The simple and the ancient
(Photo by Carole Raddato, The tepidarium, Minturnae, Minturno, Italy)

The simple and the ancient

The built environment is a key decarbonisation and health & well being problem. Whilst new technologies will be key, ancient approaches can inspire modern investible equivalents.

“The future is already here – it is just not evenly distributed.” William Gibson 2003

Summary: The simple and ancient often works. In many cases we need new solutions, but sometimes it should be more a case of applying what we already know, just much more widely. Sometimes, this “known” technology has been around a long time. Nowhere does this logic apply so aptly as in our built environment, the physical landscape that makes up our cities. We shall look at opus caementicium, Chaudes-Aigues, dikang, ondol, the hypocaust, and mediaeval tapestry. These ancient approaches led to modern equivalents. Different approaches to concrete production (or more strictly making cement), the use of geothermal, especially for district heating, underfloor heating, insulation, and retrofitting buildings, rather than demolishing them and starting again.

Why this is important: New technologies take time to perfect and implement. We have had thousands of years of innovation that could be deployed now.

The big theme: The built environment is an important sustainability theme, both as an integral part of societal existence but also as a major decarbonisation (40% of energy-related GHG emissions) and resource consumption problem (40% of global raw materials). There are many avenues to decarbonise across all phases of a buildings life: design, construction (and deconstruction or demolition), operations and interaction with other structures and the environment. Reduce, reuse and recycle and circular design principles can be applied to the built environment to reduce its overall environmental footprint and sustainability.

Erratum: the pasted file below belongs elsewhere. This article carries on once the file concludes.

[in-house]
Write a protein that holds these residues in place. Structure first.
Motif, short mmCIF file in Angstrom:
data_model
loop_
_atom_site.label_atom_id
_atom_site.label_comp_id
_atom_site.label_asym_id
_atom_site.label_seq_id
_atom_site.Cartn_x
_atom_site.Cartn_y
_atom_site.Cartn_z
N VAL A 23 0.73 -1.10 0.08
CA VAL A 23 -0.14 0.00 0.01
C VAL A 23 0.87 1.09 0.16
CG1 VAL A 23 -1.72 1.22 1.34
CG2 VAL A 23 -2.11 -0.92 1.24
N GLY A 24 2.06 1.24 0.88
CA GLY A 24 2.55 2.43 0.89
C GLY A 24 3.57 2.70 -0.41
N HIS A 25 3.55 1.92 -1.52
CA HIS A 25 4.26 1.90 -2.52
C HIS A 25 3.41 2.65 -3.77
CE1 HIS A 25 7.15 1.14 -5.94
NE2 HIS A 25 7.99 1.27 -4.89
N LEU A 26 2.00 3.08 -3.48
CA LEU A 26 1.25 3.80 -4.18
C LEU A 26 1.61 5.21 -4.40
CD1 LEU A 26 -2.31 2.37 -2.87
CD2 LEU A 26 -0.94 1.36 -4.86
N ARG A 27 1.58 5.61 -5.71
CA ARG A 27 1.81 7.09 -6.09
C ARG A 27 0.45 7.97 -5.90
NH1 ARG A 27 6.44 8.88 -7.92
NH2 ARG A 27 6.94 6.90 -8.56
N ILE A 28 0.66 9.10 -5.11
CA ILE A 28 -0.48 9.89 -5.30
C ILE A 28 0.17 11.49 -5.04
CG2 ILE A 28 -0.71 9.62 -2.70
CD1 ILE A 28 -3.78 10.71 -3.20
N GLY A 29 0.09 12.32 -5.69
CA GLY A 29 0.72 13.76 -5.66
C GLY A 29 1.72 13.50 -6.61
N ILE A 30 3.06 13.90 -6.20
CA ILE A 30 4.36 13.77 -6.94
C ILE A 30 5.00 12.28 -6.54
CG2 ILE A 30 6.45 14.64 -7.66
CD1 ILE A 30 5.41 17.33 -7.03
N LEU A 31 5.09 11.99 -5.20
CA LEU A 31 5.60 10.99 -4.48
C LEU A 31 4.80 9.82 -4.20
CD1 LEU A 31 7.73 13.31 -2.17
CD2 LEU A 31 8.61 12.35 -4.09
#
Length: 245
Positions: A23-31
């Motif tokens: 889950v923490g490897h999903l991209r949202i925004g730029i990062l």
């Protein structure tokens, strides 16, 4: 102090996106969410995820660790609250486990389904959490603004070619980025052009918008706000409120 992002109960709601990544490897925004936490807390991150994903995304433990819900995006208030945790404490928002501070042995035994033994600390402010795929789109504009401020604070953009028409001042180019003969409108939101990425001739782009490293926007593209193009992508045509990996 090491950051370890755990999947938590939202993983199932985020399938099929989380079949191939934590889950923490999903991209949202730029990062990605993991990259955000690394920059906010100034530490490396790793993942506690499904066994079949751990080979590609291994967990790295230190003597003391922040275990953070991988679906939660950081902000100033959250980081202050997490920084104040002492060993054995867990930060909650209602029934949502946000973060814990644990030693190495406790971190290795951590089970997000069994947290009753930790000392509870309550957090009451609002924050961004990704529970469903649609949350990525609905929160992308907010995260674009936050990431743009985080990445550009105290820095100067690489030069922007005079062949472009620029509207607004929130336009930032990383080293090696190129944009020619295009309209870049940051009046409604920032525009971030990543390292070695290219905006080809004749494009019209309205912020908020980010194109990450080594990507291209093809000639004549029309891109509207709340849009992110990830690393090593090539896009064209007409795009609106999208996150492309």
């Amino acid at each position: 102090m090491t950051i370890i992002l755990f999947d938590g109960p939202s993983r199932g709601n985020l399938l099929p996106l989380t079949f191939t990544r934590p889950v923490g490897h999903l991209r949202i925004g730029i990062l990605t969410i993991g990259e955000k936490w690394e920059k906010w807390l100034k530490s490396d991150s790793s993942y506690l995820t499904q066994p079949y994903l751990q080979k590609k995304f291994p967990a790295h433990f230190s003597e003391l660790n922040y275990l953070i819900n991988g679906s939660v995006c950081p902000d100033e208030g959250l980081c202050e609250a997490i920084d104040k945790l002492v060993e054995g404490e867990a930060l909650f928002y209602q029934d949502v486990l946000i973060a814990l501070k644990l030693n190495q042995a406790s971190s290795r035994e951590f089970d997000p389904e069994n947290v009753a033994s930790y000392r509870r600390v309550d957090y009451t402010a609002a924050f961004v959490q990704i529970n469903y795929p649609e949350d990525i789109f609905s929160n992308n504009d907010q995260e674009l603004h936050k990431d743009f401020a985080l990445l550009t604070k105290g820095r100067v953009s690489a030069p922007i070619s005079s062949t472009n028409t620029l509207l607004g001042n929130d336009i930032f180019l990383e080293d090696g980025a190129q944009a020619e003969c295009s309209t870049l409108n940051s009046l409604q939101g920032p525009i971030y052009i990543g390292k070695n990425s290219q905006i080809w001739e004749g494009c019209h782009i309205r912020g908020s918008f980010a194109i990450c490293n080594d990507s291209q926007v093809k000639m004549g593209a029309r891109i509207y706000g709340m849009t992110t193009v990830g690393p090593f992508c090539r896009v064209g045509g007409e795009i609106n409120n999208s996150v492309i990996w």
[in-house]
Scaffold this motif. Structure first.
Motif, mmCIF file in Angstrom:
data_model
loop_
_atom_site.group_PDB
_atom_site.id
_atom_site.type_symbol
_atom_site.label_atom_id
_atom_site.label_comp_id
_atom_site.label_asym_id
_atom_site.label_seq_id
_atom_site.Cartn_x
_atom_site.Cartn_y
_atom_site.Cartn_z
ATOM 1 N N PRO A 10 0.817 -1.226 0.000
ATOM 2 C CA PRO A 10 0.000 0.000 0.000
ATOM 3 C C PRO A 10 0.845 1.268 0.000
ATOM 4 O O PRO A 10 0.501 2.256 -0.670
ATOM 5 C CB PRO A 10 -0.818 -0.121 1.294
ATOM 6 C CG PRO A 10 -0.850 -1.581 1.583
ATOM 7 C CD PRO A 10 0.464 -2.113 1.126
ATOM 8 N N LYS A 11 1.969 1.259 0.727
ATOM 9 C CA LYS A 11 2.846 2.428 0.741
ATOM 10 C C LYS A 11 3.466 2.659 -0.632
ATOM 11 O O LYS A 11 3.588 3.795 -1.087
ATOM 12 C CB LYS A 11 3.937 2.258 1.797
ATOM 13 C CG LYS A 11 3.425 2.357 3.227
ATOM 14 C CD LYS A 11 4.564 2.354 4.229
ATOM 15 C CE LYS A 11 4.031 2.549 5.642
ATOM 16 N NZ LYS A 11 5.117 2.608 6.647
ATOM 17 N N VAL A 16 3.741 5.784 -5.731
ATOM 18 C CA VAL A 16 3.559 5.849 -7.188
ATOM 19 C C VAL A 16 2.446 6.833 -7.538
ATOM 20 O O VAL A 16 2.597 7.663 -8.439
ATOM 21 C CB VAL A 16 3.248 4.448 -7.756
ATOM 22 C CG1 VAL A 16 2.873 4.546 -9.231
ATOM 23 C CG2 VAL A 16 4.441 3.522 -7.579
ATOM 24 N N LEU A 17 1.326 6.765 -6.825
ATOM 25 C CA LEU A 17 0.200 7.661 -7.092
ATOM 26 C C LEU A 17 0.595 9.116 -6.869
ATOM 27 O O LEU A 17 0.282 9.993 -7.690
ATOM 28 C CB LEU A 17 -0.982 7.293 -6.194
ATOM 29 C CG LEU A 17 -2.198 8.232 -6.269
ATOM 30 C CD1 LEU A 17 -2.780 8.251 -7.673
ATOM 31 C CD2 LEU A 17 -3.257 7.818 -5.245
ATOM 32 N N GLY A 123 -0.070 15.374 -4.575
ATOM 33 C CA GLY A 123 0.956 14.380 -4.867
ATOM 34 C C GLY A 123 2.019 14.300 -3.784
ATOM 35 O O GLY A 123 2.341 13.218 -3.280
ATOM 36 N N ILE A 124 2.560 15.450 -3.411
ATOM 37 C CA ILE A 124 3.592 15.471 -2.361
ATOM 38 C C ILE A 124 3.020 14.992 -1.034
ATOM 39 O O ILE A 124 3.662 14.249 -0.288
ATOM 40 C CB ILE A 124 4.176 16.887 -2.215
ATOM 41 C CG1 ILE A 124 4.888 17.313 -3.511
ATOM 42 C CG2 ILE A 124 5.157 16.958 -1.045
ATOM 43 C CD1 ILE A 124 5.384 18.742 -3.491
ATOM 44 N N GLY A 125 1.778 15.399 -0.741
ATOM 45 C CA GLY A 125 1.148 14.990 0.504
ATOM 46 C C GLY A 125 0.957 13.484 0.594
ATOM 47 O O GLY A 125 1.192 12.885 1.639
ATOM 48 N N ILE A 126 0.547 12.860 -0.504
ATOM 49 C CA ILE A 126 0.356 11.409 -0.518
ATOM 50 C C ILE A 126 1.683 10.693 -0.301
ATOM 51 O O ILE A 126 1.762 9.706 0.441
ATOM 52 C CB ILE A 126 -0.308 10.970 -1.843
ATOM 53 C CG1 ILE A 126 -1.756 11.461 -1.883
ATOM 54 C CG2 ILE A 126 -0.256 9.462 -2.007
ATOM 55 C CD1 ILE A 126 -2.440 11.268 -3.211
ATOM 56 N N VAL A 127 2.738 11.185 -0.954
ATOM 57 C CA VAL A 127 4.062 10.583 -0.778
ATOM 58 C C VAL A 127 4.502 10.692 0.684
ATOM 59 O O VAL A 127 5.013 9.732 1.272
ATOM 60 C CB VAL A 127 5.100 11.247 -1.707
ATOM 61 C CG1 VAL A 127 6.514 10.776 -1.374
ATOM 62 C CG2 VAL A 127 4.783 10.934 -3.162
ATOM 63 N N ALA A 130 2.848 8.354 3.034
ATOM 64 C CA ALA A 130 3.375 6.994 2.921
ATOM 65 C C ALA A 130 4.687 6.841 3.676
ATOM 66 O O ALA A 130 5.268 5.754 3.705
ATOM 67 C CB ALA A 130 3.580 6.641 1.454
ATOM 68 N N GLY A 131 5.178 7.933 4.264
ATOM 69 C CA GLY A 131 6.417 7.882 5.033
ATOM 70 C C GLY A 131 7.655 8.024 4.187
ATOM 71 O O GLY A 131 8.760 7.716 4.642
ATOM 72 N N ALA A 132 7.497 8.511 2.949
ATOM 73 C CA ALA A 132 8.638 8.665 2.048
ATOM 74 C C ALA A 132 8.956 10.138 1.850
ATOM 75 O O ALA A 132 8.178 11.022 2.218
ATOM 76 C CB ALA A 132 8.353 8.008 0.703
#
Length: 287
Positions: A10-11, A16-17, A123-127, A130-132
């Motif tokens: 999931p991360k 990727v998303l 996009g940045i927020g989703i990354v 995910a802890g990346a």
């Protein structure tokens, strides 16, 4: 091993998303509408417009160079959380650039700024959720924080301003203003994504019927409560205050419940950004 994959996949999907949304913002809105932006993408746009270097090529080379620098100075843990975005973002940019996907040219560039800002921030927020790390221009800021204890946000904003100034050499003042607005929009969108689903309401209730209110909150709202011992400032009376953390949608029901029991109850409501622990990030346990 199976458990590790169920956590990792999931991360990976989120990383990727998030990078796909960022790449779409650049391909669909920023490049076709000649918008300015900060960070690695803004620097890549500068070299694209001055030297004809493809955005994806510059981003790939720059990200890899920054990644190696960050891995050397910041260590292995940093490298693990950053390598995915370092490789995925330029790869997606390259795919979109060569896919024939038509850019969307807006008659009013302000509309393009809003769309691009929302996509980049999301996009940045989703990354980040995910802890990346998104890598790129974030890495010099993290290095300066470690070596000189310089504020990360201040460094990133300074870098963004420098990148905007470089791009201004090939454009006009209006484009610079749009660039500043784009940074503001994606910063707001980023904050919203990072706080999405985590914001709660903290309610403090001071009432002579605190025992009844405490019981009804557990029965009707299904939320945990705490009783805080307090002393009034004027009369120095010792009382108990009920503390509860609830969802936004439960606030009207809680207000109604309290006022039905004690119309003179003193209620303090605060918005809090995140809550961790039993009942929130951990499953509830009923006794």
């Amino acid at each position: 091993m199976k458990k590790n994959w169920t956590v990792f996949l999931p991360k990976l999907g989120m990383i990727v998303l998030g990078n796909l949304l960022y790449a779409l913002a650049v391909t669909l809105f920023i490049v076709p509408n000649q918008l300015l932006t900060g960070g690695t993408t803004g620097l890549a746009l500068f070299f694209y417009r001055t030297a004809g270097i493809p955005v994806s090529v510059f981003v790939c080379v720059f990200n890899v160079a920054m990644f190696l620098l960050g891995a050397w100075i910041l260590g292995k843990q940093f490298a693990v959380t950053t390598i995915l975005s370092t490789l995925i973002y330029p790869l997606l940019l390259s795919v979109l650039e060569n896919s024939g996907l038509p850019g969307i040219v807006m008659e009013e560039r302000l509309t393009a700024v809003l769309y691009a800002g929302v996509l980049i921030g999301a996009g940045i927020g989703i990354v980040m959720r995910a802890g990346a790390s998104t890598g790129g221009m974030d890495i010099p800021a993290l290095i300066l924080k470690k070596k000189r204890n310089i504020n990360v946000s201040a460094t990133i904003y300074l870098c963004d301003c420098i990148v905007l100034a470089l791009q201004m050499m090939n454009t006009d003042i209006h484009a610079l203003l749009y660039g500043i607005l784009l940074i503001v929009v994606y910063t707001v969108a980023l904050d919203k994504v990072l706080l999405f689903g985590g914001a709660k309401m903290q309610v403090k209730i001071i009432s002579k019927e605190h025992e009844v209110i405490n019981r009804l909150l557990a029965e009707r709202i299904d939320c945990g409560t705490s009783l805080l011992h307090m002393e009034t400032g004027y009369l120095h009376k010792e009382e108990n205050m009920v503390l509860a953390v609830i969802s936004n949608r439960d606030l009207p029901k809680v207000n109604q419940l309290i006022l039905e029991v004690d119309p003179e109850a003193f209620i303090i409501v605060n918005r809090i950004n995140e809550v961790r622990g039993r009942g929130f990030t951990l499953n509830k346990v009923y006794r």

The details


At first glance it might seem odd to look at what we can learn from old and already proven technologies and practices. But it highlights an important point - in our desire to find and roll out investible solutions, do we tend to look too much toward new technologies, and ignore what we know already works.

Among the “known” we already have some interesting and investible solutions to our climate and environmental challenges. Examples include different ways of producing cement, geothermal anywhere for building heating, better insulation, domestic scale underfloor heating using known heat pump technologies and of course, building refurbishment. Some are already rolling out at scale, others just need a “gentle” push.

Have we become too fixated on new and innovative technologies?

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